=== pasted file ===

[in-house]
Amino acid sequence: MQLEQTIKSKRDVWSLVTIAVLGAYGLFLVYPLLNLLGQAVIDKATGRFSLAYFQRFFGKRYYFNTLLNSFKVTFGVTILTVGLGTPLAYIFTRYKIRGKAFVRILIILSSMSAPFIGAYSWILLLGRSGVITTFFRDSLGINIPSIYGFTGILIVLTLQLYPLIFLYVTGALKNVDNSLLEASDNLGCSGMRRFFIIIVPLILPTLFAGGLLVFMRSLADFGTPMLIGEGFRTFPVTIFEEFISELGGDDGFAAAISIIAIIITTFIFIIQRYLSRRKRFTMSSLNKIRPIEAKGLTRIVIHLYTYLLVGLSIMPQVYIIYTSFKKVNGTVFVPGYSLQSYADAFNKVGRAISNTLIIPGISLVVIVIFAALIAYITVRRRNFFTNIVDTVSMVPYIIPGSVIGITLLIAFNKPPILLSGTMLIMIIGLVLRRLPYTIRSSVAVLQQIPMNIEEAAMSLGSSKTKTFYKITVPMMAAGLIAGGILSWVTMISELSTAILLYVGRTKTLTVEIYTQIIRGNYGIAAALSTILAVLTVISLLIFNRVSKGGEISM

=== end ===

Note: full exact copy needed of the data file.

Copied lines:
[in-house]
Amino acid sequence: MQLEQTIKSKRDVWSLVTIAVLGAYGLFLVYPLLNLLGQAVIDKATGRFSLAYFQRFFGKRYYFNTLLNSFKVTFGVTILTVGLGTPLAYIFTRYKIRGKAFVRILIILSSMSAPFIGAYSWILLLGRSGVITTFFRDSLGINIPSIYGFTGILIVLTLQLYPLIFLYVTGALKNVDNSLLEASDNLGCSGMRRFFIIIVPLILPTLFAGGLLVFMRSLADFGTPMLIGEGFRTFPVTIFEEFISELGGDDGFAAAISIIAIIITTFIFIIQRYLSRRKRFTMSSLNKIRPIEAKGLTRIVIHLYTYLLVGLSIMPQVYIIYTSFKKVNGTVFVPGYSLQSYADAFNKVGRAISNTLIIPGISLVVIVIFAALIAYITVRRRNFFTNIVDTVSMVPYIIPGSVIGITLLIAFNKPPILLSGTMLIMIIGLVLRRLPYTIRSSVAVLQQIPMNIEEAAMSLGSSKTKTFYKITVPMMAAGLIAGGILSWVTMISELSTAILLYVGRTKTLTVEIYTQIIRGNYGIAAALSTILAVLTVISLLIFNRVSKGGEISM